Her simple, memorable melodies melted the hearts of wartime allies. Now, after a long innings of 103 years, British singer Dame Vera Lynn has passed away.
The “forces’ sweetheart” and performer of WWII standards including ‘We’ll Meet Again’ and ‘The White Cliffs of Dover’ was “born Vera Margaret Welch on 20 March 1917 in the London suburb of East Ham.” She passed away peacefully, aged 103, surrounded by her close family, in Ditchling, East Sussex, England, according to a statement published by the Dame Vera Lynn Children’s Charity.
Here’s what you need to know:
Dame Vera Lynn Began her Singing Career at a Young Age
Born just before the end of the First World War, she was the second child of a working-class family. Her father was a plumber and her mother was a dressmaker.
Lynn started her career at the tender age of 7, performing in local clubs. By the time she was 11 years old, she had left school and was a fulltime musician.
By age 15, she had her first agent. Her unusually deep voice was described by the British press as a “rich contralto” and “a freak mezzo-soprano with an irresistible sob”.
Lynn was admired for her wholesome qualities which music historian Paul du Noyer described as “[arousing] a wistful yearning for the idealised fiancee” in “lonesome soldiers.” She traveled as a solo artist on the variety theater circuit. In 1941, BBC producers chose her for a special program to be broadcast to the British expeditionary force, which was heard around the world, quickly making her a household name.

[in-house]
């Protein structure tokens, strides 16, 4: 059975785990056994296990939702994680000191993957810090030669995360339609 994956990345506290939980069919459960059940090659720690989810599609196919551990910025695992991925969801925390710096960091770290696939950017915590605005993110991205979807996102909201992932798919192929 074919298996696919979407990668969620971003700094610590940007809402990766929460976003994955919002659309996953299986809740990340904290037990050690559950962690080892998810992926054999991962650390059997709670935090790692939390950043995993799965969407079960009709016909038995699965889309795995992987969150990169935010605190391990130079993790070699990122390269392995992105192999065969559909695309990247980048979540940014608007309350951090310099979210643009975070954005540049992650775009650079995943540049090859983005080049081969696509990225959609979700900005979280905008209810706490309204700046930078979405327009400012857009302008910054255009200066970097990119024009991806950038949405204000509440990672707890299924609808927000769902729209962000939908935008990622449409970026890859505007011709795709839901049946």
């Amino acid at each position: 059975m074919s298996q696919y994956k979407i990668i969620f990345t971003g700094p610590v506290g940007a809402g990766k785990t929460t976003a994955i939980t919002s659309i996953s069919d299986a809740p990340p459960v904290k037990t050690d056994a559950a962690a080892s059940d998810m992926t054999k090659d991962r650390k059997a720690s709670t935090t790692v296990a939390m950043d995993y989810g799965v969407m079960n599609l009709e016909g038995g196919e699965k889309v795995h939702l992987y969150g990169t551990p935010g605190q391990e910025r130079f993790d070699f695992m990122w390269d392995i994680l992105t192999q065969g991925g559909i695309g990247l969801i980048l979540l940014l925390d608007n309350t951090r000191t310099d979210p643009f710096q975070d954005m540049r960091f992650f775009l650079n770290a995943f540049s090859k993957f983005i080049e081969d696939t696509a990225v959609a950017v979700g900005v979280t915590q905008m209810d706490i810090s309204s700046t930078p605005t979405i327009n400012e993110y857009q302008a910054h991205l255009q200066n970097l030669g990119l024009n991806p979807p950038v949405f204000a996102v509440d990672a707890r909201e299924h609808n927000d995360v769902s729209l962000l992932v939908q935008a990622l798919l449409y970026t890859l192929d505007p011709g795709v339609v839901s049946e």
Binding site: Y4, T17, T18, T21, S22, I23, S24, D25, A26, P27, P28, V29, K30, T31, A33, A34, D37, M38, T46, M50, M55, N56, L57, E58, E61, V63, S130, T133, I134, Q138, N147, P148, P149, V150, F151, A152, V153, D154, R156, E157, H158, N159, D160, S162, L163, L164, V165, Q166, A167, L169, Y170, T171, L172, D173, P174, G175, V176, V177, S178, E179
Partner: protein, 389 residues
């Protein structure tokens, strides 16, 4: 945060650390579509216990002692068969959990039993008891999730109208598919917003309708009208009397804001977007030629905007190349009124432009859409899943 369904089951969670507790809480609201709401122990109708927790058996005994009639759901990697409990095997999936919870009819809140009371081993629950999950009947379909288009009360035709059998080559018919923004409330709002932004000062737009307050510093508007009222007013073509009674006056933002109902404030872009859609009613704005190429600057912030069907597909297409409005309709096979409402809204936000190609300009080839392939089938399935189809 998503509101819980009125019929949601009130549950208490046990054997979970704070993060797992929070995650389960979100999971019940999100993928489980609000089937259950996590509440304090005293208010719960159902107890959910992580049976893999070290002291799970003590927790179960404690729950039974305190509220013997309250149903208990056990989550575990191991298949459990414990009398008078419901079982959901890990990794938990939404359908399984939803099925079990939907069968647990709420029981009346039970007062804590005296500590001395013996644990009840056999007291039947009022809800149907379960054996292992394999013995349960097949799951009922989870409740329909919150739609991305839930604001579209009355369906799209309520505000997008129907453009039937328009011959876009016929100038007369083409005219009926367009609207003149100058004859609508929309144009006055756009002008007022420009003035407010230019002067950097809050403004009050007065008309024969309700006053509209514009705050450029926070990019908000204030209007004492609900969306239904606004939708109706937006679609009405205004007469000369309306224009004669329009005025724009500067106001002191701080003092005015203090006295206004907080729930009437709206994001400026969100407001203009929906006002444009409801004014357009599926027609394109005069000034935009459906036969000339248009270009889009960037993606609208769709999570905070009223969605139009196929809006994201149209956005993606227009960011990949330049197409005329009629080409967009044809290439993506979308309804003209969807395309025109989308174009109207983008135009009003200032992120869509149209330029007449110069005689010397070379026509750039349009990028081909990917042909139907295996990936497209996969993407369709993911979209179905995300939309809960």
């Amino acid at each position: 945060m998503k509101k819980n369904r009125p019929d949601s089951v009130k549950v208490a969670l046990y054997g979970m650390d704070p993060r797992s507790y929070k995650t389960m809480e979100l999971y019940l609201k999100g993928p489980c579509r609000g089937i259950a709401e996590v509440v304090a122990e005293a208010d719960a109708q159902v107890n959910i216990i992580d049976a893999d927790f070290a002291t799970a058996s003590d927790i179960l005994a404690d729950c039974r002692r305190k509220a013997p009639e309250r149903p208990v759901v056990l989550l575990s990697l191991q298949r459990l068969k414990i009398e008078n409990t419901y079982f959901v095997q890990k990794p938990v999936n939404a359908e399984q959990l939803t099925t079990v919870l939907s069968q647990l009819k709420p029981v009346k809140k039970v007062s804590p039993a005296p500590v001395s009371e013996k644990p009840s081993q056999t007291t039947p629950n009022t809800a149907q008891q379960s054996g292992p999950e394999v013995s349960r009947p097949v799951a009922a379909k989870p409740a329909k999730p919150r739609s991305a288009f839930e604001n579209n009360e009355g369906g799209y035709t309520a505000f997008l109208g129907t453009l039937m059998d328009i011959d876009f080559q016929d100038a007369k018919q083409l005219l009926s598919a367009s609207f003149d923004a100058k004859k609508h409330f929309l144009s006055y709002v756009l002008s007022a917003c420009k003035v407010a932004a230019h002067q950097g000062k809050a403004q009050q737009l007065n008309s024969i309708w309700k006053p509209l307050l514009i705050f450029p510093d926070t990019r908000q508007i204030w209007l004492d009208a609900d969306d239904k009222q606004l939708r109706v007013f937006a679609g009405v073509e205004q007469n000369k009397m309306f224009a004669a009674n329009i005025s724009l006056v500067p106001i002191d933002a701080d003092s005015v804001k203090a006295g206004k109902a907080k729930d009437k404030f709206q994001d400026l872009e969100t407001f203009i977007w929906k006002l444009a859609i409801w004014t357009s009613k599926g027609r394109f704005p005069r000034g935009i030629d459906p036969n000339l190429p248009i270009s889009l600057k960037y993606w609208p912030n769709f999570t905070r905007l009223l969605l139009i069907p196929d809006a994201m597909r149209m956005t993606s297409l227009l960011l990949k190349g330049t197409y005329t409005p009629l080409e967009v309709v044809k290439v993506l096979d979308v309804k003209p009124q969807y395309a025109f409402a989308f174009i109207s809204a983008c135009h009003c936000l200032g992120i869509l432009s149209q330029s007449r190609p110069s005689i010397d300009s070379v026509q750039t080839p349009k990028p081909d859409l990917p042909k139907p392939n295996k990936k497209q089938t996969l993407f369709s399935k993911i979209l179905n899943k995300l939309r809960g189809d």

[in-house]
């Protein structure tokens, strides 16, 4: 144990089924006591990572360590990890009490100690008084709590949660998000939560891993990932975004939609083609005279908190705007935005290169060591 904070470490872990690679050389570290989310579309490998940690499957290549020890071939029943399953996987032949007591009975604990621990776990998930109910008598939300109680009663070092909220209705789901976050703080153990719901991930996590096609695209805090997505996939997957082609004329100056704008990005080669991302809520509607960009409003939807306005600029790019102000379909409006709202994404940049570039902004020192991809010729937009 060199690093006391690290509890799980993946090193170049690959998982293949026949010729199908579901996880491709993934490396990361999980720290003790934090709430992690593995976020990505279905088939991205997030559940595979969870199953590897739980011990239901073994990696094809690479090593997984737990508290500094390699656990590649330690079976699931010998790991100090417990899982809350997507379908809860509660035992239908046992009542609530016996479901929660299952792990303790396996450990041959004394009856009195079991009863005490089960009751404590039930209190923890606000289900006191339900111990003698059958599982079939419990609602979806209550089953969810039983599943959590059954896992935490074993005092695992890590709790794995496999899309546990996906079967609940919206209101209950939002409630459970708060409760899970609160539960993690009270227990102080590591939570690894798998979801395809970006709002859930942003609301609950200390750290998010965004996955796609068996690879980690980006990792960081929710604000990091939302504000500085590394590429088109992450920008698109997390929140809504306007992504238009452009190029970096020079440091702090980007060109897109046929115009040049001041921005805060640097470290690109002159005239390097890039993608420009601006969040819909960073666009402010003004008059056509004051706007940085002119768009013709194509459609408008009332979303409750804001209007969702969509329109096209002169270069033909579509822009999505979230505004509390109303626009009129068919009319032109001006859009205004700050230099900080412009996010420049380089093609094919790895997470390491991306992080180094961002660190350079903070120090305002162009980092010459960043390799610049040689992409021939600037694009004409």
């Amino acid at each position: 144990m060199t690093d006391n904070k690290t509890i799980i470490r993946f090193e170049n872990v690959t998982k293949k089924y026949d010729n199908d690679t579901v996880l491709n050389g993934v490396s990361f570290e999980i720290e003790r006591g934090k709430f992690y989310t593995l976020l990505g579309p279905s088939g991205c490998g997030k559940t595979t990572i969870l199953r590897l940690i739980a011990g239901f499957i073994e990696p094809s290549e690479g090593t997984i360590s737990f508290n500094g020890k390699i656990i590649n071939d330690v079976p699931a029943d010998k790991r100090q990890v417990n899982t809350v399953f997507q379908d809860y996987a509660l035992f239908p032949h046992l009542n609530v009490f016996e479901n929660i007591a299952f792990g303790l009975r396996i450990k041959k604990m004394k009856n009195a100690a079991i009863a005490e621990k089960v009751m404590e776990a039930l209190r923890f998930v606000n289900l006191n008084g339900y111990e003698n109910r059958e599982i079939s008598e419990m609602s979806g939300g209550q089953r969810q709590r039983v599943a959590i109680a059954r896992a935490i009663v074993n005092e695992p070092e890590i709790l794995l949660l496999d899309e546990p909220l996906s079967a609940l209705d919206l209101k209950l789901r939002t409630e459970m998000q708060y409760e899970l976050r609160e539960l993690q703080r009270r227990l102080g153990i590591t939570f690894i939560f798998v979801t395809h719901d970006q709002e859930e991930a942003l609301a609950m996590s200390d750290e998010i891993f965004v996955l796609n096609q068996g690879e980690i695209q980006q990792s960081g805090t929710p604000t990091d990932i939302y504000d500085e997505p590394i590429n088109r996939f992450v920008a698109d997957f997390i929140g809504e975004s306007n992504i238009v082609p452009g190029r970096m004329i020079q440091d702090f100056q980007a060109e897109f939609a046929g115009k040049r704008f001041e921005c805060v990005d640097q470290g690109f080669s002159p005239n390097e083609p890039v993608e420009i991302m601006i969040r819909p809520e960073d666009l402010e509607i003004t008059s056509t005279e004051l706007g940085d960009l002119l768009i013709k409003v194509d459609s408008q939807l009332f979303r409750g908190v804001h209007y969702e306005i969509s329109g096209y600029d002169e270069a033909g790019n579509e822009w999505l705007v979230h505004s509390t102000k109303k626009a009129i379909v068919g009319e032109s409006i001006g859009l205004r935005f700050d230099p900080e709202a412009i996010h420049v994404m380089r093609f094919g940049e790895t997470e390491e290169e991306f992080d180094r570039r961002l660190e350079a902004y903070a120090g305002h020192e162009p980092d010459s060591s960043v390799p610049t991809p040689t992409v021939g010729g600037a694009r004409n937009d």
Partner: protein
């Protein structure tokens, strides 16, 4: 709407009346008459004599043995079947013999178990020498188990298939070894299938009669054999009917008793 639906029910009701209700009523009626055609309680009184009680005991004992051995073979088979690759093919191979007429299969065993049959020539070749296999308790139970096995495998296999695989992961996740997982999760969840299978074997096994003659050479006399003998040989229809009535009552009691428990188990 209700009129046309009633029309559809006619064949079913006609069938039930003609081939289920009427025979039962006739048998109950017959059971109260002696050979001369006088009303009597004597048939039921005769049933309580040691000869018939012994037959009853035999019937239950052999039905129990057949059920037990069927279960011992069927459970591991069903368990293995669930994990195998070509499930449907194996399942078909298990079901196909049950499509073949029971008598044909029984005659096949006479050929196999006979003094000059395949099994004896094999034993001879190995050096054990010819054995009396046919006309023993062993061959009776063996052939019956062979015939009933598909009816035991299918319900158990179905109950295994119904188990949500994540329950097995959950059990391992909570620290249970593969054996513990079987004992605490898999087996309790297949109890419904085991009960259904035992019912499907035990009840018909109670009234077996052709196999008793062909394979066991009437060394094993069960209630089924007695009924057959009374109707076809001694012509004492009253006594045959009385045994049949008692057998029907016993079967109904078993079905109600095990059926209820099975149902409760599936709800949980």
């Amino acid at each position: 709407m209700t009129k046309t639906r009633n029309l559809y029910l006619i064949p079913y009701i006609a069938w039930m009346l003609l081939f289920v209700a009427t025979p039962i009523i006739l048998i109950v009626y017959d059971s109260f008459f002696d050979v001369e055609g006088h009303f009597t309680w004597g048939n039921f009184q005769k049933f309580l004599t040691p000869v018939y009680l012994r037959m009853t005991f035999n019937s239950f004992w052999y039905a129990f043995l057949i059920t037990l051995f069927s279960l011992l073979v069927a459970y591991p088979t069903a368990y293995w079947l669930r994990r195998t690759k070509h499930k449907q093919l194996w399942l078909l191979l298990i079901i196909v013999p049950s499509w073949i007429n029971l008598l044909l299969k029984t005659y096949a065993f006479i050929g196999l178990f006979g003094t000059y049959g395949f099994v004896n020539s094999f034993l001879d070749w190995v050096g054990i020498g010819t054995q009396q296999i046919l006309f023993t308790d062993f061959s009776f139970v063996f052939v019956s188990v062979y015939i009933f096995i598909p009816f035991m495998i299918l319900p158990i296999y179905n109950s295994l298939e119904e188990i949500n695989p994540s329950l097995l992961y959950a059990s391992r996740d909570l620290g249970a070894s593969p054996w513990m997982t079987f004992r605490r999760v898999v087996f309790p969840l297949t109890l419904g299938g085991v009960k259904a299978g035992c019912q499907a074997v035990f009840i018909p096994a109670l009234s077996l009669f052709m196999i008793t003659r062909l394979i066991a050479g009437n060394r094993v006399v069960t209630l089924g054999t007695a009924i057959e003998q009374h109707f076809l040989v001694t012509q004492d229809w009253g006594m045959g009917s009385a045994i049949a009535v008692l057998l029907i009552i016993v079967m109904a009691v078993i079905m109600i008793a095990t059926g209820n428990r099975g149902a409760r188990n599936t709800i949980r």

Her wartime audiences stretched as far as the Middle East, India and Burma.
She was the First Brit to Have a Number 1 Hit in America
Lynn’s “Auf Wiederseh’n, Sweetheart” went to number 1 in the U.S. in 1952. 30 years on, her patriotic single ‘I Love This Land’ was released during the Falklands War.
In 2009, she became the oldest living person to have a number 1 album with her compilation of greatest hits, ‘We’ll Meet Again.’
In 2018, a choral group called the D-Day Darlings reached the finals of Britain’s Got Talent and released an album including covers of Lynn’s songs.
‘We’ll Meet Again’ famously accompanies the ultimate scene of director Stanley Kubrick’s Dr Strangelove, as a cascade of atomic bombs hit the earth:
According to The Guardian, Lynn “was the subject of numerous comic impersonations, something she tried unsuccessfully to control through court action in the 1950s.”
She Leaves a Legacy of Charity Work for Children with Cerebral Palsy
The Dame Vera Lynn Children’s Charity was created in 2001 “to help children with cerebral palsy and other motor learning impairments,” CNN reported.
Her daughter, Virginia Lewis-Jones, told CNN, “my mother first became involved in raising awareness of cerebral palsy in the 50s when there was very little understanding of the condition and children who suffered from motor learning difficulties were often referred to rather pejoratively as ‘spastic.'”
The ‘Keep Smiling Through’ Just Giving appeal was established through the Dame Vera Lynn Children’s Charity.
“The Charity has been severely hit by the Coronavirus outbreak and is facing one of its toughest financial periods ever,” a statement on the website read.
“We have adopted the same determination Dame Vera showed throughout her long life and as one of Britains best-loved entertainers to continue to support our families and their very young children with cerebral palsy and other motor learning impairments.
“In the same way that Dame Vera provided positivity and spirit to the soldiers and their families during World War II, we here at her Children’s Charity would like to be able to help our families to continue to smile through this very troubling time.”
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